Rwandan exhibit is centerpiece of new national archive
One of the casualties of the 1994 Rwandan genocide was the culture’s storytelling tradition. Resurrecting it has been the mission of a project called Stories for Hope for the past four years.
Now 99 narratives—conversations between youths and elders—will go on exhibit at the newly built Rwandan National Archives, which were decimated during the violence. On Oct. 12, the archives opened again for the first time in nearly two decades.
Resilience and Redemption
Stories for Hope Rwanda is a storytelling project founded by U-M alumna Patricia Pasick, PhD, a psychologist who sought to bring young people and elders together to talk about the past across generations. It was a creative and ultimately therapeutic way to break the silence that has fallen since the Rwandan genocide. She joined forces with David Wallace, a lecturer and research investigator at U-M’s School of Information, to develop the project in a style similar to StoryCorps. Stories for Hope lets a Rwandan young person invite an elder to have an audio-recorded dialogue to learn more about the elder’s personal past, Rwanda’s history, or its culture.
Rwandan facilitators encourage elders to tell stories that underscore their strength and resilience, as a way to help young people find positive pathways forward, project founders say. The conversations are in native language and translated later into English.
The genocide was the impetus for the project. But it’s not the only topic of the conversations within it, says Wallace.
“Participants are free to talk about the genocide and often do, but that’s not the sole purpose,” he says. “Most of the silences between the generations can be laid at the door of the genocide.
“Elders became unwilling to open the vault of their personal pasts for fear of inflicting painful stories. Young people sensed those fears and withheld their questions. A pact of silence grew up around most any story about the past.”
The Spoken Word
Questions about family and work history, marriage practices, and Rwandan culture are as common as questions about the genocide, says Pasick. She cites an experience with one young woman who seemed nervous before a session with an uncle. Pasick braced for a difficult debriefing after her dialogue.
“It turns out she had a simple question,” Pasick says. “She wanted to get married to a young man and she needed to ask her uncle how she could possibly get married if the young man didn’t have a cow to give to her family. She feared she could never marry him because he was so poor. The uncle said, ‘That was then. You can go along with your wedding.’”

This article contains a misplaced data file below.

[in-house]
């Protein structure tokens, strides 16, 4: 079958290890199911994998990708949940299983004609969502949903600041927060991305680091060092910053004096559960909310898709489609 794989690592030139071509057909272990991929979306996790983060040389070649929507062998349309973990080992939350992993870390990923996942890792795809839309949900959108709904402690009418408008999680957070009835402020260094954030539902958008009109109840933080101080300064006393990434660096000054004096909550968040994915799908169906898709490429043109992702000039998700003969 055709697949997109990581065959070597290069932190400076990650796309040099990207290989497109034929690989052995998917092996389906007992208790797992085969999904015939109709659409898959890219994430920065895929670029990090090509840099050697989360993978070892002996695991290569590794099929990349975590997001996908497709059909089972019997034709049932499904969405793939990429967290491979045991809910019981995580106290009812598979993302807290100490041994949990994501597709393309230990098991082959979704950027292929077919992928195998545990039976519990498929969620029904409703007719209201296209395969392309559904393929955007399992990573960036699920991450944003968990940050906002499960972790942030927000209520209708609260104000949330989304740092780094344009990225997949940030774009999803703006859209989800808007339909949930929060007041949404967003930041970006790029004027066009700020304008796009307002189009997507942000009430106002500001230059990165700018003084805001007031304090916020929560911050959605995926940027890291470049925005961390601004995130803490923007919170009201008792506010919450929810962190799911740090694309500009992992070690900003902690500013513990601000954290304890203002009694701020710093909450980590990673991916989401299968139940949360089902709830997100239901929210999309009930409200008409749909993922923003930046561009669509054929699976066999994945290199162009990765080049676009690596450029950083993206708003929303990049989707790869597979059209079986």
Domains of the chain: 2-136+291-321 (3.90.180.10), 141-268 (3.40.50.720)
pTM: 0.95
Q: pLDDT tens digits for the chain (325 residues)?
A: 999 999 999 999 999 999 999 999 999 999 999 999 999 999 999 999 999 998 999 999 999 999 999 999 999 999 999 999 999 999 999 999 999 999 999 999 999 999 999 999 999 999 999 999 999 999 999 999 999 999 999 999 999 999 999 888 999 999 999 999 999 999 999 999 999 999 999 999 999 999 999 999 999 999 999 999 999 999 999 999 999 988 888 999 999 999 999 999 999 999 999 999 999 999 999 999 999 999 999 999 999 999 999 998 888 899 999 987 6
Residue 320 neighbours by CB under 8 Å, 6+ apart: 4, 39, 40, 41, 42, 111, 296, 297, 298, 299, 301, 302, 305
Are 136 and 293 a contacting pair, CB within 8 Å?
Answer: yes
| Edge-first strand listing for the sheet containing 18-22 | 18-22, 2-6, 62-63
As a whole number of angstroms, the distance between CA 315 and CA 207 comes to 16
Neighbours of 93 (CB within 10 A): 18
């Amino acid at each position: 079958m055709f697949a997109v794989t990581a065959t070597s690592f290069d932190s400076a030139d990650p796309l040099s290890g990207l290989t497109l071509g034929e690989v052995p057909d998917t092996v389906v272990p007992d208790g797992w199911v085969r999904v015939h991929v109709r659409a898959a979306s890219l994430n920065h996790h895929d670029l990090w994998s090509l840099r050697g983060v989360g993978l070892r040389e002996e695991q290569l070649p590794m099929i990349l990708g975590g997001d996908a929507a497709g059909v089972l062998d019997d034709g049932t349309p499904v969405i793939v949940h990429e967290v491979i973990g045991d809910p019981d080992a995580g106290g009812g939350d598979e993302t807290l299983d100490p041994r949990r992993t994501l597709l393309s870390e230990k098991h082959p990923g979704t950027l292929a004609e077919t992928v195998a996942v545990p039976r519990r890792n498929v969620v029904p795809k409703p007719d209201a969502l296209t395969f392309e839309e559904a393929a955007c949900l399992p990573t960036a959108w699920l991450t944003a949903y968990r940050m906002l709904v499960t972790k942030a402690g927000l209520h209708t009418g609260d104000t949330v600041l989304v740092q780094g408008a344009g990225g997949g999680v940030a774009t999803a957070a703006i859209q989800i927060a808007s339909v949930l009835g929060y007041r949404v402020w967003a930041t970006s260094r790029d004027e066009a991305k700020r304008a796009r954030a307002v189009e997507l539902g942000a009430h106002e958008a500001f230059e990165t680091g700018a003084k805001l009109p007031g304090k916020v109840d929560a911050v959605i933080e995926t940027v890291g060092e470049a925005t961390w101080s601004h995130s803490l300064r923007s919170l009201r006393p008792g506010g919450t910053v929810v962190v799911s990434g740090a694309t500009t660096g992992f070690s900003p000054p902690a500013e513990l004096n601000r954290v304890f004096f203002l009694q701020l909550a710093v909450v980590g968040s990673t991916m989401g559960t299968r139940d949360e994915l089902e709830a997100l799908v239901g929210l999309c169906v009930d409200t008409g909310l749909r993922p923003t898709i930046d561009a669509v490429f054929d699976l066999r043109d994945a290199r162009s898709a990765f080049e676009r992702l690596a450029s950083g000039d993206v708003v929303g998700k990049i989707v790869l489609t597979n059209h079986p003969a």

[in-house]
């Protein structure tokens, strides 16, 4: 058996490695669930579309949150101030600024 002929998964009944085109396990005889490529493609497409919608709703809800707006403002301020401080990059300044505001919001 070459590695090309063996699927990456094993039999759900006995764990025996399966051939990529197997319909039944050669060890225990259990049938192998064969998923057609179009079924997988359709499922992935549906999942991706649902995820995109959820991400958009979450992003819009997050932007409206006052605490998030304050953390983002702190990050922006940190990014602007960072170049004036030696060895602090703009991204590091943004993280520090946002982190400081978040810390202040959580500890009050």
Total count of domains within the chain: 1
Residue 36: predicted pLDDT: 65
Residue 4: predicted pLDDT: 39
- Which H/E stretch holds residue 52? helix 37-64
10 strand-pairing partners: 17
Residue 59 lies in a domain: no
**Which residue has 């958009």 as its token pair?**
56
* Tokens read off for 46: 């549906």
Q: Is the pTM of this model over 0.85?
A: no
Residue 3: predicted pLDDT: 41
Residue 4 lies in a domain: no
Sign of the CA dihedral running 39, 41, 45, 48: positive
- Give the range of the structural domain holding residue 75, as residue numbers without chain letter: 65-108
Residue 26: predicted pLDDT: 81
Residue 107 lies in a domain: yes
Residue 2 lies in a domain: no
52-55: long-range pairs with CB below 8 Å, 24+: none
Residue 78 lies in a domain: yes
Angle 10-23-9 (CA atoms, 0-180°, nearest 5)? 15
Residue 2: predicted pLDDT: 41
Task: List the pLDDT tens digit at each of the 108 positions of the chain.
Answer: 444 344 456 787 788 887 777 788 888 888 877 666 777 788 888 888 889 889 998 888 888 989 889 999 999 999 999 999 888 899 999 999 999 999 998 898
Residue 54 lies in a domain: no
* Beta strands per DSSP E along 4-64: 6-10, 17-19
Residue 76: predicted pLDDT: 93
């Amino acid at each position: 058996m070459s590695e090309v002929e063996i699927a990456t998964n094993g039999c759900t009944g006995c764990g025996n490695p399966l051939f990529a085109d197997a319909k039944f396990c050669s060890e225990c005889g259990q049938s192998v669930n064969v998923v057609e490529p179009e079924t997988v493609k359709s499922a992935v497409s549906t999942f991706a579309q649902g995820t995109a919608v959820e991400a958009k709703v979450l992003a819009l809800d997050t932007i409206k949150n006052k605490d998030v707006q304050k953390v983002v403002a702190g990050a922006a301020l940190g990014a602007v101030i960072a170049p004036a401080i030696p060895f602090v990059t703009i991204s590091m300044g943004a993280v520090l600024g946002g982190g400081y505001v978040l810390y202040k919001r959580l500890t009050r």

In other stories: A widowed mother tells her son for the first time who his father was, how they became estranged, and how he died. But she encourages him to ask more questions and reassures him the genocide won’t happen again.
A father tells his son how his life went off track, from alcohol, and how he hid the family in a forest during the genocide to resist joining a killing group. The son was immensely relieved. He had assumed his father was a perpetrator.
A young man tells a friend how he was hurt both physically and emotionally when a neighbor he knew well threw a grenade at him. He encourages his friend to share her own story. Participating in Stories for Hope eventually led the young man to visit the neighbor in prison 15 years later after the attack. The two reconciled.
“They come together in a cloistered sanctuary,” Pasick says. “We say, ‘You have an hour. Young person, ask what questions you’ve always wanted to ask. Elder, make sure that you tell a story that you think this person really needs to hear to go off into the future with some hope.’ These one-hour discussions catalyze many more hours of talking at home or in the neighborhood.”
Healing and Hope
For the people who took part in Stories for Hope and for those who listen, whether in Rwanda or beyond, Pasick and Wallace hope the project can link the past and future in a constructive way.
“The past can be a place of great pain and a place of great learning. It can help to enhance our own humanity because these primary materials can connect you with people in a way that nothing else can,” Wallace says.
The dialogues, and their place in the Rwandan National Archives, send a strong message of resilience to Pasick.
“The stories say this: We survived to a point where we are intent on preserving what happened as a way of not repeating it,” she says.